The Guardian Indie

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  1. By focusing on physical product and clever marketing, acts are sprinting up the charts

    Gary Numan, Mogwai, Maxïmo Park, the Coral, Sports Team, Shame. Not the lineup to a cancelled two-day festival in Kidderminster, but acts who used D2C marketing to land high-charting albums. This ugly acronym stands for direct-to-consumer, and means pushing sales of physical records – often limited-edition – via their official stores and those of indie retailers. Their maxim, to quote Dua Lipa via Olivia Newton-John, is: let’s get physical.

    Related:The Guide: Staying In – sign up for our home entertainment tips

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  2. (EMI)
    For their first album since 2009, the Norwegian duo keep things pared back to explore the complexity of love and desire

    Love, and how it makes you throw in all your chips before you’ve even seen your cards, is the subject of this beautiful return from the Norwegian indie-folk duo. Eirik Glambek Bøe and Erlend Øye emerged at the turn of the century and were quickly lumped in with the likes of Turin Brakes and the dull “new acoustic” movement, but the purity of their Balearic-sunlight melodies, infused with the elegance of bossa nova, have consistently set them apart even if their body of work remains small: this is only their fourth album in 20 years, and the first since 2009.

    Songwriting this unadorned requires melodic strength and confidence, but the pair never waver from their acoustic guitars and occasional violin. Fever is the only song with a drum beat; Catholic Country – featuring Feist, and one of KOC’s best ever songs – and others play up the percussive quality of their stringed instruments to add urgency and even a little funk.

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  3. Jim and William Reid fight to win back albums using US law which reverts rights to artists after 35 years

    The Jesus and Mary Chain are suing Warner Music Group (WMG) for $2.5m (£1.77m) for copyright infringement after the company refused to terminate its ownership of five of their albums including the 1985 debut Psychocandy.

    In a lawsuit filed in California, Jim and William Reid invoked section 203 of the US Copyright Act of 1976, which allows authors to ask copyright holders to revert rights 35 years after a work is published, Pitchfork reports.

    Related:The greatest Scottish indie bands – ranked!

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  4. From drill’s high watermark to Tuareg rock, Colombian pop and London jazz, here are our music editors’ picks of the best LPs from the first half of the year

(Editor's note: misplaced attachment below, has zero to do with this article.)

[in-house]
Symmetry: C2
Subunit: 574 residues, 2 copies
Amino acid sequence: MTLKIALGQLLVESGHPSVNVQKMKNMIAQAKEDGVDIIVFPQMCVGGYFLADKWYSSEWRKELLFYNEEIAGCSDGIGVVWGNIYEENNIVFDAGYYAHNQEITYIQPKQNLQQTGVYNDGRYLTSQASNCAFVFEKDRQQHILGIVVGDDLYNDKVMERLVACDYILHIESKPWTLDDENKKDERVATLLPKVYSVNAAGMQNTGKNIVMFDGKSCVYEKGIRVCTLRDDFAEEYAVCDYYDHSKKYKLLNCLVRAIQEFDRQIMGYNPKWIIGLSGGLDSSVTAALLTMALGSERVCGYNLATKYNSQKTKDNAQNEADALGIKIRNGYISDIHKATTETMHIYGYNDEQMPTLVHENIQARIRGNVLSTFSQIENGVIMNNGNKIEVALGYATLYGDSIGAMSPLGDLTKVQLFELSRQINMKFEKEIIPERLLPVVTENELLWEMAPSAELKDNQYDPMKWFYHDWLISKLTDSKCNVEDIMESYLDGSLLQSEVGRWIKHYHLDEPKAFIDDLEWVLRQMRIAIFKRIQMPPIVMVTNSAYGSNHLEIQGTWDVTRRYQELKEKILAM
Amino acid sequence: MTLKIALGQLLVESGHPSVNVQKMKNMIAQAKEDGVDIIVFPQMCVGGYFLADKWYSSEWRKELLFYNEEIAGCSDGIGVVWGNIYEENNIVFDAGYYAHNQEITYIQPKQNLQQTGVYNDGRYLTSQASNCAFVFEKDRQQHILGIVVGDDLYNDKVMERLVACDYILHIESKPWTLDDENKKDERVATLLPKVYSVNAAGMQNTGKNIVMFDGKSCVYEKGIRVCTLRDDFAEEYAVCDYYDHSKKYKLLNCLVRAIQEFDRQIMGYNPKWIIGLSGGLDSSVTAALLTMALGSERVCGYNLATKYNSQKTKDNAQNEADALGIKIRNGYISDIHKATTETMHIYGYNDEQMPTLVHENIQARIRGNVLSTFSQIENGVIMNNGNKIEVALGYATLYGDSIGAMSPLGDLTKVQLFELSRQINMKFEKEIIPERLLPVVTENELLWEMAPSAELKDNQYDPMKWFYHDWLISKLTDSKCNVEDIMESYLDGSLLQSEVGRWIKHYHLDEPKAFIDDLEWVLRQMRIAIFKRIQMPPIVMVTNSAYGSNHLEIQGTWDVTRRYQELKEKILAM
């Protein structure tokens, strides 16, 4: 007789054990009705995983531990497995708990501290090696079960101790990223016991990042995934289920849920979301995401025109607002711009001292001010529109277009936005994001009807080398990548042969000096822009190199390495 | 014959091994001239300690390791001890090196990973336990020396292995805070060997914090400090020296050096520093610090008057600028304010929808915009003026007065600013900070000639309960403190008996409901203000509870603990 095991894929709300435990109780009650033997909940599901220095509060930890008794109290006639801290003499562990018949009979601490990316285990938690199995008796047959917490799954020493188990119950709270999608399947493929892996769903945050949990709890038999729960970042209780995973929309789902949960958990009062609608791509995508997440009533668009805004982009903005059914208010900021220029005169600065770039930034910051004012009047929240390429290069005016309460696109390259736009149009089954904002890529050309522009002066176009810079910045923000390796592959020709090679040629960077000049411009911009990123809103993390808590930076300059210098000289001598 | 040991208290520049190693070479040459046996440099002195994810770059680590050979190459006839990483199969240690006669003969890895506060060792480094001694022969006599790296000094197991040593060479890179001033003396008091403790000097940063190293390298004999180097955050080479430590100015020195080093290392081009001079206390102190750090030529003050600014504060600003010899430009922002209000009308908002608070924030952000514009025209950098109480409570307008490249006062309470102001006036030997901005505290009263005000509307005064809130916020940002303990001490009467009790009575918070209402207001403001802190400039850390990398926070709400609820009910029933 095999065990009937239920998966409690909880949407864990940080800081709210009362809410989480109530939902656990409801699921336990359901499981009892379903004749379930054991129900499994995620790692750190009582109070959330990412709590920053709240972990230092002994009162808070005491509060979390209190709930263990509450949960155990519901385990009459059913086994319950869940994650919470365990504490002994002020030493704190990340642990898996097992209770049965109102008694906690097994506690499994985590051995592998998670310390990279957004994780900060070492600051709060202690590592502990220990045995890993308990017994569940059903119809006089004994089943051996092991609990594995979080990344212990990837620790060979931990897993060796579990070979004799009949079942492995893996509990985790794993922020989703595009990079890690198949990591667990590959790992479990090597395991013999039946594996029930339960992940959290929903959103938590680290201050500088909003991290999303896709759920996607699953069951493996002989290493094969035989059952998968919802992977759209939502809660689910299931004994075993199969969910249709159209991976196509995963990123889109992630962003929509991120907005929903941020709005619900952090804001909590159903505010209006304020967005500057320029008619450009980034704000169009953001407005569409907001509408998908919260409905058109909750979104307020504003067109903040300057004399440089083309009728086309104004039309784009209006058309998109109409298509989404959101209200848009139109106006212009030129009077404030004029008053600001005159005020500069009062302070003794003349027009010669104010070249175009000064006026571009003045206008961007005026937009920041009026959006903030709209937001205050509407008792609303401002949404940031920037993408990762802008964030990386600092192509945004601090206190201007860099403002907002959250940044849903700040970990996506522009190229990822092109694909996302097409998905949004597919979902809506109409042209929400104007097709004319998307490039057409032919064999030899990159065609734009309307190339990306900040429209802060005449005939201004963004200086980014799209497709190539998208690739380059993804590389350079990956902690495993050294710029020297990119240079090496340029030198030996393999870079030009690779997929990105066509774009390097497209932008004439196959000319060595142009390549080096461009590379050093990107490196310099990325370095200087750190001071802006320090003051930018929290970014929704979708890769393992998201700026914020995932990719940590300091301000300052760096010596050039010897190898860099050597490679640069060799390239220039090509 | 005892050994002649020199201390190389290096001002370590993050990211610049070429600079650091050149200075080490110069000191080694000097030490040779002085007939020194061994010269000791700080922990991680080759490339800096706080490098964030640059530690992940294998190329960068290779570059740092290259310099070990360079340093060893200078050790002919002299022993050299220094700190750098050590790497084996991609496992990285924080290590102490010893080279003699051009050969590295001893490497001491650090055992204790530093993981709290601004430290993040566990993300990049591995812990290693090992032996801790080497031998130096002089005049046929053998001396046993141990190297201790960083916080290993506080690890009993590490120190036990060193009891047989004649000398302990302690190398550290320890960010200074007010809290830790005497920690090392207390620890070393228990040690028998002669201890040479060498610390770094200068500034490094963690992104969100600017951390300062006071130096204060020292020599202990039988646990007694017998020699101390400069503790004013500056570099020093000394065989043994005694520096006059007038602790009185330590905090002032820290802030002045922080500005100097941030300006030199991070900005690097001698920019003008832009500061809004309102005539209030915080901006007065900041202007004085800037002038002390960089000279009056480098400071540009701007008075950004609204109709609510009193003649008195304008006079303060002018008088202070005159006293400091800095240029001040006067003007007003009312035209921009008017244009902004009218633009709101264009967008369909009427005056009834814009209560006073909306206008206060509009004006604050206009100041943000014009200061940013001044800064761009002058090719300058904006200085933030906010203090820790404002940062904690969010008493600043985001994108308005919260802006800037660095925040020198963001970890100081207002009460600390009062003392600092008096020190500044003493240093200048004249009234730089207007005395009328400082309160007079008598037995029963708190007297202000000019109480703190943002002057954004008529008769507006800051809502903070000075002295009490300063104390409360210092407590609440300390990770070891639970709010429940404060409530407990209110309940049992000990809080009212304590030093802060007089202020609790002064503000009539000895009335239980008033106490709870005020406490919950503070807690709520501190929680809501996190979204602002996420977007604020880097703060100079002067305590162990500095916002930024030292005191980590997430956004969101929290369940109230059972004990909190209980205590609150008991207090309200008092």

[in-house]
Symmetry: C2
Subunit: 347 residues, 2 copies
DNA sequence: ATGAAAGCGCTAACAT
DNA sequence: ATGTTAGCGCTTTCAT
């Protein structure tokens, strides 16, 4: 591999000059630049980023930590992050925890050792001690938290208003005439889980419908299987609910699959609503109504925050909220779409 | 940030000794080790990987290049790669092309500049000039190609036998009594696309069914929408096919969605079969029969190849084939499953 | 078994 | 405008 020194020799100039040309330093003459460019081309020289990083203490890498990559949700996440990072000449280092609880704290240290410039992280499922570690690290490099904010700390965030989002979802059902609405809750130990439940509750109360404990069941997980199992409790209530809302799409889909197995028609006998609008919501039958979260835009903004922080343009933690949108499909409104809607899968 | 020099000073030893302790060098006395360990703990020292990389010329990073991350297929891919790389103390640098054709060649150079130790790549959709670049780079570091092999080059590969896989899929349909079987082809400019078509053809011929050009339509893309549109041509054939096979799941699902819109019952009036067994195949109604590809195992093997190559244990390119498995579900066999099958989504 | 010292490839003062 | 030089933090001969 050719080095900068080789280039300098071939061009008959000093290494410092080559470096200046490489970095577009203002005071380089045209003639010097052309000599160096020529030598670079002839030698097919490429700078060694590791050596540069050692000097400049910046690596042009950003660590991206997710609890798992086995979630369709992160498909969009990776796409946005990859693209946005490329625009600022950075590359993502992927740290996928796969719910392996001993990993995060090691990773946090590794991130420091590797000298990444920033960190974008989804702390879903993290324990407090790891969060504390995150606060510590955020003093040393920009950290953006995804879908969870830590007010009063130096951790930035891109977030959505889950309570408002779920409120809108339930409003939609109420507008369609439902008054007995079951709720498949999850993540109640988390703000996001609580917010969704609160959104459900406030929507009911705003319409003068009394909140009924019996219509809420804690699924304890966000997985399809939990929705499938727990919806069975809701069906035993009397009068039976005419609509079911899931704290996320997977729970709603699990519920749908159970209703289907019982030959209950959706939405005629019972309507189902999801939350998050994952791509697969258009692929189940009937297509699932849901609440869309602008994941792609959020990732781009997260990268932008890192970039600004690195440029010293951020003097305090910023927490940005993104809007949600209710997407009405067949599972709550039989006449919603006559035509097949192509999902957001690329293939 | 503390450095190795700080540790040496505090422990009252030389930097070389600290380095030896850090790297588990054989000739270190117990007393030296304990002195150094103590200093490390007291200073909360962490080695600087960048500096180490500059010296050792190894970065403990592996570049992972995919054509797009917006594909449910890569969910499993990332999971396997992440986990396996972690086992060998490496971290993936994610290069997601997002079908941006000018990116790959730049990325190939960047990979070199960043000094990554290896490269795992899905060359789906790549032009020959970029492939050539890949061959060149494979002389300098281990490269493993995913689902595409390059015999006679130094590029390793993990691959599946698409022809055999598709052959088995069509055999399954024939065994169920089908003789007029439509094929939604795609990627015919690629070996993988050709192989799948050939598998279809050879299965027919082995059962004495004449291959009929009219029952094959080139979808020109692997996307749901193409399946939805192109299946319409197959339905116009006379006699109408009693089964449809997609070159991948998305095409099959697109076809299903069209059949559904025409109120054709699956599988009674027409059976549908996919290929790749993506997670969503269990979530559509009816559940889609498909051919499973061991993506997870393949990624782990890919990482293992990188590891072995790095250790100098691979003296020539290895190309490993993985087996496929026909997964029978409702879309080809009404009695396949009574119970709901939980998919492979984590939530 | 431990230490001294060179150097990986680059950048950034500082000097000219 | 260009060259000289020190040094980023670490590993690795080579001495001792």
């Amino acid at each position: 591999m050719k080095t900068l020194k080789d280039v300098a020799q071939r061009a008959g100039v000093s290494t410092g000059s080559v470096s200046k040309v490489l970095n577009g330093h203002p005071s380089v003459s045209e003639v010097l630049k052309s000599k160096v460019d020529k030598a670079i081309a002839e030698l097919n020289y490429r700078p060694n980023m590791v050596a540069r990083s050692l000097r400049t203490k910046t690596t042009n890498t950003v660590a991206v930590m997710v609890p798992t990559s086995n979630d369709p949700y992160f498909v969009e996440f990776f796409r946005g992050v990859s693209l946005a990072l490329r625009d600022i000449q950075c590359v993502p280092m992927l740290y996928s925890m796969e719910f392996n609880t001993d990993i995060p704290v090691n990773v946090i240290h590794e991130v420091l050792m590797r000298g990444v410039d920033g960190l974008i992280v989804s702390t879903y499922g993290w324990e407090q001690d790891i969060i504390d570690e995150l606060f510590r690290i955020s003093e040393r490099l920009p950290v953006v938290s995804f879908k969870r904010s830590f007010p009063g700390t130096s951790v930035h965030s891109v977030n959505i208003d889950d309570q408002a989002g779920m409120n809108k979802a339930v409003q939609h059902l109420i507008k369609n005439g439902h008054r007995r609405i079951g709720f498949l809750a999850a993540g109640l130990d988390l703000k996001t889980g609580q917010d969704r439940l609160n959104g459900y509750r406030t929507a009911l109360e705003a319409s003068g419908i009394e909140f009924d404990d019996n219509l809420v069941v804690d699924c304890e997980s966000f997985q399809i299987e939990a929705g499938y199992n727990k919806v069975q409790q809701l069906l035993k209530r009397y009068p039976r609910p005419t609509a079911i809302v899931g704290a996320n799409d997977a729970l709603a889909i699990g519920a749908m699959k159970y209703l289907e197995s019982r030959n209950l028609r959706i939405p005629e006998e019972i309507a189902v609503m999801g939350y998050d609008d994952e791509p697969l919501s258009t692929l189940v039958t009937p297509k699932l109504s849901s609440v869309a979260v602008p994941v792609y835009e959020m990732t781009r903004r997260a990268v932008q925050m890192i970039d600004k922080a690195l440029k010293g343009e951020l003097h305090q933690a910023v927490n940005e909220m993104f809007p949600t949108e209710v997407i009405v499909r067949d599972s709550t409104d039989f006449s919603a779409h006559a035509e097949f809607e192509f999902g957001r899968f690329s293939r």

Related:Nick Cave and Warren Ellis: Carnage review – the firebrand returns

    Related:‘Nature is hurting’: Gojira, the metal band confronting the climate crisis

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  5. (Atlantic)
    The Welsh singer brings an operatic seductiveness to her ballads against misogyny

    There are very few artists who create as thoughtfully as Marina Diamandis, formerly Marina and the Diamonds. “I am here to take a look inside myself,” she confides on the title track, sleekly propulsive electropop with a cheering message of self-acceptance. The self-loathing of Electra Heart, the 2012 concept album she addressed to the worst parts of herself, is banished, as are the many romantic imbroglios of 2019’s Love + Fear. What’s inside Marina today is deep concern for women and the world outside, and her best songs couple the personal and the political.

    The music is pleasantly accessible, rather than daring, although you could imagine legendary producer Trevor Horn remixing Venus Fly Trap’s elegant take on 80s synth funk. Lyrically, it’s brimming with bristling ambition. Man’s World’s first two verses breezily link the Salem witch trials and 18th-century painter François Boucher with Marilyn Monroe and hypocritical, homophobic autocrats. Pandora’s Box may be a collection of limp balladeer cliches, yet it follows the bruising New America, her savage rebuke of the failure of the States. Anti-misogyny manifesto pop could easily become clumsy and overwrought, but the joy Marina invests into her mannered, quasi-operatic delivery makes sedition sound seductive.

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